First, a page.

Here we have another senseless defense of action over inaction, always and everywhere. I hesitate to bring up the next point, because it is liable to be misinterpreted as hyperbole. The tendency to see the State as an all encompassing entity and the cult of action are signs that Barack Obama is yet another American fascist president. Let me attempt to make my case.
First, Benito Mussolini's dictum of "nothing outside the state" is in full accordance with not only Obama's positions, but with most of those of the ruling elite. We take it for granted that Il Duce knew a thing or two about fascism. Even Republicans tend to conceive of very little outside of the state, whatever their rhetoric might say. For instance, support of "school choice" might seem like a good way to reform the broken educational system, but it still concedes the point that we should all pay money to the State with which it will then educate our children. Home-schooling is more drastic, and explicitly anti-Fascist, because it insists that some things should be done by entities without any relation to the State. On a similar note, social security reform would maintain the fiction that it is the role of the State to care for its subjects when they enter retirement.
Second, the tendency to act without a plan, merely in the hope that trying things is preferabble to leaving them alone is further evidence of fascism. As Jonah Goldberg puts it in Liberal Fascism:
Mussolini's main governing themes were expediency and opportunism... Mussolini zigzagged every which way, from free trade and low taxes to a totalitarian state apparatus. Even before he attained power, his stock response when asked to outline his program was to say he had none. "Our program is to govern" the fascists liked to say. (p.48,130)
Similarly, Obama has a vague end for which he has acted in his attempts to save the economy. But nowhere is there any evidence of a plan; in fact, no one even seems to know where all of the bailout money went. We should see further evidence of this when the bailouts fail, necessitating more action by President Obama. But we can perhaps see better evidence of American fascism in action by looking to President FDR, whose New Deal, after all, was the inspiration for the latest round of government expansion. Again, from Goldberg:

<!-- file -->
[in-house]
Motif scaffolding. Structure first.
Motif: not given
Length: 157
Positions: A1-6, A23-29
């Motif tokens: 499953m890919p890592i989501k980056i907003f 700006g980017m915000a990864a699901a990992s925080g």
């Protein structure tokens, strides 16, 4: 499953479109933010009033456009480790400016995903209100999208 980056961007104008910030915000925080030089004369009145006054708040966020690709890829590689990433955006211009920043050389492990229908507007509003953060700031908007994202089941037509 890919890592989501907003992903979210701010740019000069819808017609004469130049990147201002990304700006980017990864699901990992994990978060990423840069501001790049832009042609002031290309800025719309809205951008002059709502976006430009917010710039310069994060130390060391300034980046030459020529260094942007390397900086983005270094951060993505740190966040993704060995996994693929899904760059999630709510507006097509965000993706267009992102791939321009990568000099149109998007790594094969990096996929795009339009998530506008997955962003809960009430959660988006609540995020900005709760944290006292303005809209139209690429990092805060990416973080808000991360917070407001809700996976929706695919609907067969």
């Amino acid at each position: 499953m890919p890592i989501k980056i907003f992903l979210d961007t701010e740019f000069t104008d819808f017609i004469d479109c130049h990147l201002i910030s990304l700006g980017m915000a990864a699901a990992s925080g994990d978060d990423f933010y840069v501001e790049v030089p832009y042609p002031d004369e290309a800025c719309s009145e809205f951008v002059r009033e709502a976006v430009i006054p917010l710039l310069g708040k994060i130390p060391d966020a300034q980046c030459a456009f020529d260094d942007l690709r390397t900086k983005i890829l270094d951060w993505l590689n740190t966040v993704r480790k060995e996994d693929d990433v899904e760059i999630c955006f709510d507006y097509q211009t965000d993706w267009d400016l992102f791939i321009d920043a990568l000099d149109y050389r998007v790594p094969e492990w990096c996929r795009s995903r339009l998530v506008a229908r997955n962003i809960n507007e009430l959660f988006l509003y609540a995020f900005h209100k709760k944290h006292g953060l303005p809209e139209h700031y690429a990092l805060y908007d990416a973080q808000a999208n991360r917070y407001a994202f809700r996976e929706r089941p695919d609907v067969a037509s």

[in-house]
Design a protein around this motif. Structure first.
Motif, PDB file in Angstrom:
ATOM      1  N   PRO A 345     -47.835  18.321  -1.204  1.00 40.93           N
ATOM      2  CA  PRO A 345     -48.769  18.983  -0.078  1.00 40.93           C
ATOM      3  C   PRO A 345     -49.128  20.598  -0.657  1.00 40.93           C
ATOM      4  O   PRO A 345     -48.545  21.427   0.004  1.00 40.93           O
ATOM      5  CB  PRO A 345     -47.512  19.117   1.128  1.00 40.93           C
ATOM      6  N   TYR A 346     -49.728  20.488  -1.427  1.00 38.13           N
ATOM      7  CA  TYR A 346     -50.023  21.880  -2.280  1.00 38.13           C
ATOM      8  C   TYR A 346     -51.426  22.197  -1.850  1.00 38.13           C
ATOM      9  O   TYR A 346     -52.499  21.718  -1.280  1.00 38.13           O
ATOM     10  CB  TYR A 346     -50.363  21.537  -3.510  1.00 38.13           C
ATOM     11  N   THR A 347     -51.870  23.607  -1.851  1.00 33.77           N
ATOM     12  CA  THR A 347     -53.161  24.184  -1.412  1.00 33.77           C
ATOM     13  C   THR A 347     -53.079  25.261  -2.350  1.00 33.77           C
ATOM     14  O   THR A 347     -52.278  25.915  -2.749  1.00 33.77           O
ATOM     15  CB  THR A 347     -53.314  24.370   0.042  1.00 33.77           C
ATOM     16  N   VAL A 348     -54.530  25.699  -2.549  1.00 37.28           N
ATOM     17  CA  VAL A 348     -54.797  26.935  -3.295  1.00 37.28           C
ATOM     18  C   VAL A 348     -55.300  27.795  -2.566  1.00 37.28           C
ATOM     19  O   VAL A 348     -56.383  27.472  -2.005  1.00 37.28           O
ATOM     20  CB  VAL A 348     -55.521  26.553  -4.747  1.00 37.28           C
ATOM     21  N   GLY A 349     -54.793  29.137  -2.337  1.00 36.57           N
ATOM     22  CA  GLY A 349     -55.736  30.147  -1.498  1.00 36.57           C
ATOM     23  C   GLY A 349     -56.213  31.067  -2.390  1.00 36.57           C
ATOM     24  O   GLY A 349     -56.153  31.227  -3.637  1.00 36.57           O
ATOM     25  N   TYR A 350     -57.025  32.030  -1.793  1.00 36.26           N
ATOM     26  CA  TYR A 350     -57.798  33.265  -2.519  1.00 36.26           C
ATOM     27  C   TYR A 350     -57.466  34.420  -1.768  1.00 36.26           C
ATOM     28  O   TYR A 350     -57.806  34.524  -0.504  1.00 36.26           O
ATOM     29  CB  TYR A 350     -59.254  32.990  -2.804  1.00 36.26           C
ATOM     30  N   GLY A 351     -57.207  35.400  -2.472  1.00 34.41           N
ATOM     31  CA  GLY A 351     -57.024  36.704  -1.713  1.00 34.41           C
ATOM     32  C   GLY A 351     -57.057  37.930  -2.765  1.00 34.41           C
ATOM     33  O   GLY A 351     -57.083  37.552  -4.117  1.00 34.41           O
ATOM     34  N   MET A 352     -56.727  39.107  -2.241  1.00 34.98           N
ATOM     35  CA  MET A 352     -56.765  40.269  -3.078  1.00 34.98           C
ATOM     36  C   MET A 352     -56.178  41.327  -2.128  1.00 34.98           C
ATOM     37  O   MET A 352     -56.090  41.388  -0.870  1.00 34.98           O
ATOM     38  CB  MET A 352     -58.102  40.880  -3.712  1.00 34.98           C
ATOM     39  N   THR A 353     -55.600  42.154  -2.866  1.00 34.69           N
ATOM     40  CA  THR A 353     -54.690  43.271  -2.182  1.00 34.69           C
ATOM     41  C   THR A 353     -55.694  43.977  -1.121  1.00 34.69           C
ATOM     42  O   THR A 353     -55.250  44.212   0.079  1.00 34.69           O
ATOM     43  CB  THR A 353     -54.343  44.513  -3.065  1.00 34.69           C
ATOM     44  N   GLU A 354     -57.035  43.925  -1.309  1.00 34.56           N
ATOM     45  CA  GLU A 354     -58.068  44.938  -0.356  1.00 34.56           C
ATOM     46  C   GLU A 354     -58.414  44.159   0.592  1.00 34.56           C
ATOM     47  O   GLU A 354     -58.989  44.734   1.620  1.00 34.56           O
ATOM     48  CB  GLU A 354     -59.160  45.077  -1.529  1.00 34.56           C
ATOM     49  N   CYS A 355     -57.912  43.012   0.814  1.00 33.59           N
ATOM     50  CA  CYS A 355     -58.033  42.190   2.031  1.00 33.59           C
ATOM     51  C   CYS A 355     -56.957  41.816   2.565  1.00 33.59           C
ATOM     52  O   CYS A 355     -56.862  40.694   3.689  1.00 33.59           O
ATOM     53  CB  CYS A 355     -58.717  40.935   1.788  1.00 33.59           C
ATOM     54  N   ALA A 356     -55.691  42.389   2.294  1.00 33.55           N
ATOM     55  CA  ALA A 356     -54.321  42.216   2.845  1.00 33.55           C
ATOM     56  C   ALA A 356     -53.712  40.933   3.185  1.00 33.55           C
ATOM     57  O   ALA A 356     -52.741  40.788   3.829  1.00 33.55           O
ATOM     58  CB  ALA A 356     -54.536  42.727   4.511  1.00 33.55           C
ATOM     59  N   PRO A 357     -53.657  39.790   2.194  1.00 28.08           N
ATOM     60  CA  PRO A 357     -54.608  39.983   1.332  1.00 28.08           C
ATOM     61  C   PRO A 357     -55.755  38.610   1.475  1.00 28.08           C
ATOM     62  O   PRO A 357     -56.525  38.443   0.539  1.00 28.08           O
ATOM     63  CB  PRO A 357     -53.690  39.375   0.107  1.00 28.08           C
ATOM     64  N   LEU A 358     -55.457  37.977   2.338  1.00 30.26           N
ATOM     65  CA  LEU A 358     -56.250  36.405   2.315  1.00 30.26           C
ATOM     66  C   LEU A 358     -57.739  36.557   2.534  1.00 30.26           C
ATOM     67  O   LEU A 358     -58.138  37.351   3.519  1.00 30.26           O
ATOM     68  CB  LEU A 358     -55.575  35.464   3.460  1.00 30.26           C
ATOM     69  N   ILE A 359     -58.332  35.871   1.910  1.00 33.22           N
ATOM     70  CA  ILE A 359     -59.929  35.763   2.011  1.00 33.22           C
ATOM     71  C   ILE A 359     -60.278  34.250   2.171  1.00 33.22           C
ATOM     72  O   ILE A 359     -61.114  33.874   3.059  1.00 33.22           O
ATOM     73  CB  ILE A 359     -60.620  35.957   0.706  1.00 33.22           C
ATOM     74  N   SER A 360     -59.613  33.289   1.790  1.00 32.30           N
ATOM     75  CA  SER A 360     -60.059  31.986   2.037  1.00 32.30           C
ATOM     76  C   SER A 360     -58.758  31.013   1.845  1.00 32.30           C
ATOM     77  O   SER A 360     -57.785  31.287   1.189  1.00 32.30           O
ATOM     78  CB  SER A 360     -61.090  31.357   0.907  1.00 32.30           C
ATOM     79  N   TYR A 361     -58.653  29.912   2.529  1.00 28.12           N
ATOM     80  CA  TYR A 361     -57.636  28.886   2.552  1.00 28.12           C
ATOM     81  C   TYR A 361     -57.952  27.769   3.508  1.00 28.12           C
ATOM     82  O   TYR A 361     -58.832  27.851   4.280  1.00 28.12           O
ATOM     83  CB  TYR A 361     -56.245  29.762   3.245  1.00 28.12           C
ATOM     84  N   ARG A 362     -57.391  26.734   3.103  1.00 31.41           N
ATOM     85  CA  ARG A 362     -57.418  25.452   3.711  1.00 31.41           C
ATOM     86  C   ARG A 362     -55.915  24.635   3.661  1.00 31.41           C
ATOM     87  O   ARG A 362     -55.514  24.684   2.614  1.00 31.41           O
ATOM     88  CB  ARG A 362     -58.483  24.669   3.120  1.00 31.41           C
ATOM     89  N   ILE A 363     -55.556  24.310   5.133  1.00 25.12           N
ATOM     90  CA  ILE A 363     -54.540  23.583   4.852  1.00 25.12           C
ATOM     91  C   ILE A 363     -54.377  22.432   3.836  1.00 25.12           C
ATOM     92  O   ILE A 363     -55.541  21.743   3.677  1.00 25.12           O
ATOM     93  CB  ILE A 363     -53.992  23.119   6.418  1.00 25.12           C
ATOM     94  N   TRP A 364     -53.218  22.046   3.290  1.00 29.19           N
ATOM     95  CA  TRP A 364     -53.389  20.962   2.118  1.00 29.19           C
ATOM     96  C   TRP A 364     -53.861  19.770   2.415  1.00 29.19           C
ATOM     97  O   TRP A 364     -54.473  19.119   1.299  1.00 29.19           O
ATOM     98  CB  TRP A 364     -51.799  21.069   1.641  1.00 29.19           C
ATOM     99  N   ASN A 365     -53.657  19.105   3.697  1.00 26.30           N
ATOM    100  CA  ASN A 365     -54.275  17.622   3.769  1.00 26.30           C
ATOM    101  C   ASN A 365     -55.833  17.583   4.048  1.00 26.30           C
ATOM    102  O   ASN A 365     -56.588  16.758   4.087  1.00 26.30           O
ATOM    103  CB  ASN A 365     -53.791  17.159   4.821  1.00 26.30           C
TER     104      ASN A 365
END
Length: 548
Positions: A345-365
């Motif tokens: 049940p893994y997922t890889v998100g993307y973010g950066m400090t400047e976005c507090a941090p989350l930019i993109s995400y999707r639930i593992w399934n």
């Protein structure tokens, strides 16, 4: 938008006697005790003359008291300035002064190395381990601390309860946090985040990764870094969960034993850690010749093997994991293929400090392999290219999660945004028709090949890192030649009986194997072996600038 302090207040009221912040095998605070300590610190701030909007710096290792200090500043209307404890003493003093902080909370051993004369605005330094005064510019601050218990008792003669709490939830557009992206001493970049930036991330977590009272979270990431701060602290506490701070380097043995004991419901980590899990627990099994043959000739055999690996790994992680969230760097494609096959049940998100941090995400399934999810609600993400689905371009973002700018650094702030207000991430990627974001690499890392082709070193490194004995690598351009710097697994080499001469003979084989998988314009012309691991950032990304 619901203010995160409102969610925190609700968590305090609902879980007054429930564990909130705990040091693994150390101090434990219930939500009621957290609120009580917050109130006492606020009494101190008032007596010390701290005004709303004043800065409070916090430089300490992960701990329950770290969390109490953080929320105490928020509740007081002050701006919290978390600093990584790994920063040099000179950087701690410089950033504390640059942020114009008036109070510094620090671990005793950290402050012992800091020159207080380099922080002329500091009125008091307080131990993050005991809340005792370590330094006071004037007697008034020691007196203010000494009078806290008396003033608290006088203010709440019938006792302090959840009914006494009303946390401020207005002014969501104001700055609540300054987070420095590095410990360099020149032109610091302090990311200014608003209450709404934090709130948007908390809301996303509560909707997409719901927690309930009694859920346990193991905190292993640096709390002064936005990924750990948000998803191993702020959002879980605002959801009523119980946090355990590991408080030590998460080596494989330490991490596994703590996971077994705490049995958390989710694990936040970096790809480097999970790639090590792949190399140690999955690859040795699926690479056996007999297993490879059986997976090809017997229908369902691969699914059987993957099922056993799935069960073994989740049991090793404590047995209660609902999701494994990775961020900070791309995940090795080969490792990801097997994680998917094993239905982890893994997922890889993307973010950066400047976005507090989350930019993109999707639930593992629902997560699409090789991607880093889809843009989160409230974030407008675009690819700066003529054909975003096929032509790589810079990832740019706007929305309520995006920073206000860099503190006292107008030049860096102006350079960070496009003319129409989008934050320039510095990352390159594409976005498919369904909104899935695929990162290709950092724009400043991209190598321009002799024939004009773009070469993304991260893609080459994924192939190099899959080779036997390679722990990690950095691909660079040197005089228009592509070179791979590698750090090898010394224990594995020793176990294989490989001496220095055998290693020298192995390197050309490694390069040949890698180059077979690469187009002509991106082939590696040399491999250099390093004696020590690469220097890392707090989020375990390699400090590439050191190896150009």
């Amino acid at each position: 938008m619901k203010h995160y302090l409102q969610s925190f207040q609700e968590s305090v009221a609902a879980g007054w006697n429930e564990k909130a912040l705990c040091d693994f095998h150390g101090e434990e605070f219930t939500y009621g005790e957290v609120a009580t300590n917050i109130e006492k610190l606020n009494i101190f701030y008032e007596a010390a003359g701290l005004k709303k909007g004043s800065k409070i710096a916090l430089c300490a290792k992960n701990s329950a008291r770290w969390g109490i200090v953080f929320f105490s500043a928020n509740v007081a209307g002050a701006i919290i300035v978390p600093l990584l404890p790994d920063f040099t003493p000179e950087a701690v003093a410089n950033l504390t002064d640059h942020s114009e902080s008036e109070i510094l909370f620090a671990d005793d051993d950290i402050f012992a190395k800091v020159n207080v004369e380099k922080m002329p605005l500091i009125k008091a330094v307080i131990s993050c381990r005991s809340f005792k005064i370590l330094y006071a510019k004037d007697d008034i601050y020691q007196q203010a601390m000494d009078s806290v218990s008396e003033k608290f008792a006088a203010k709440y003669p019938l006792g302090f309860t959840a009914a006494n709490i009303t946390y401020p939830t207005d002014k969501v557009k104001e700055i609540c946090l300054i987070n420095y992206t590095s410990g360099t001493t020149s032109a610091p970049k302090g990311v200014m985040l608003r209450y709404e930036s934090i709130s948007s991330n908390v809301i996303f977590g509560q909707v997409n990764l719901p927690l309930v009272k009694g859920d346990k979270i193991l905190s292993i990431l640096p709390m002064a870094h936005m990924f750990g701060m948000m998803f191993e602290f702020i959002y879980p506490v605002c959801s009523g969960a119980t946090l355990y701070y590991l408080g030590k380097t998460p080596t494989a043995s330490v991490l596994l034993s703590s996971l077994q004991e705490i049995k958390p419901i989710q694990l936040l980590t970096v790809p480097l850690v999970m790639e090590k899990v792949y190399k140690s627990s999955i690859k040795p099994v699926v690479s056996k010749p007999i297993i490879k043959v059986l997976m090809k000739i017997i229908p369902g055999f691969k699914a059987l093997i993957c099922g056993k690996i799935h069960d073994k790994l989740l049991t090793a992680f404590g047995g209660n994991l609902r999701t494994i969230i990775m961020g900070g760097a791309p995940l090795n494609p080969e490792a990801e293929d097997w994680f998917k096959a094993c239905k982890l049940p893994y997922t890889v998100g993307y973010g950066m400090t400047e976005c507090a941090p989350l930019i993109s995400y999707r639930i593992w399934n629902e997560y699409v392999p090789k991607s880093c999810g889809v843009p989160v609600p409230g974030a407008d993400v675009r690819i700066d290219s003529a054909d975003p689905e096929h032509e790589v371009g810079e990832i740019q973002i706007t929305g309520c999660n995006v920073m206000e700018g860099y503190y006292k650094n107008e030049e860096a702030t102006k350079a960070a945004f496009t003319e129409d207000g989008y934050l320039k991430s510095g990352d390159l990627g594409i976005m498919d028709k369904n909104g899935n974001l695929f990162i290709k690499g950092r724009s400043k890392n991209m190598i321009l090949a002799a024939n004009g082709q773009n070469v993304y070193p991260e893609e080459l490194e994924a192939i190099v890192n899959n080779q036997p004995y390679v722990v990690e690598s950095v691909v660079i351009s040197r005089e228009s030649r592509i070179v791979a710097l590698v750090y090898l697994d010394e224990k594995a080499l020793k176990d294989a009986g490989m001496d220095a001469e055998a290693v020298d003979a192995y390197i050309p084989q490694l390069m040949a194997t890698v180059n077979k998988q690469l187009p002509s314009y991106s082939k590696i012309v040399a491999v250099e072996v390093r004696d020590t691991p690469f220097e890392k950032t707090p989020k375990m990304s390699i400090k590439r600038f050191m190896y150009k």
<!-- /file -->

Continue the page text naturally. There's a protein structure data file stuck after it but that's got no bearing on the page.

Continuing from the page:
Today many liberals subscribe to the myth that the New Deal was a coherent, enlightened, uniﬁed endeavor encapsulated in the largely meaningless phrase “the Roosevelt legacy.” This is poppycock. “To look upon these programs as the result of a uniﬁed plan,” wrote Raymond Moley, FDR’s right-hand man during much of the New Deal, “was to believe that the accumulation of stuffed snakes, baseball pictures, school ﬂags, old tennis shoes, carpenter’s tools, geometry books, and chemistry sets in a boy’s bedroom could have been put there by an interior decorator.” When Alvin Hansen, an inﬂuential economic adviser to the president, was asked — in 1940! — whether “the basic principle of the New Deal” was “economically sound,” he responded, “I really do not know what the basic principle of the New Deal is.” (p.130)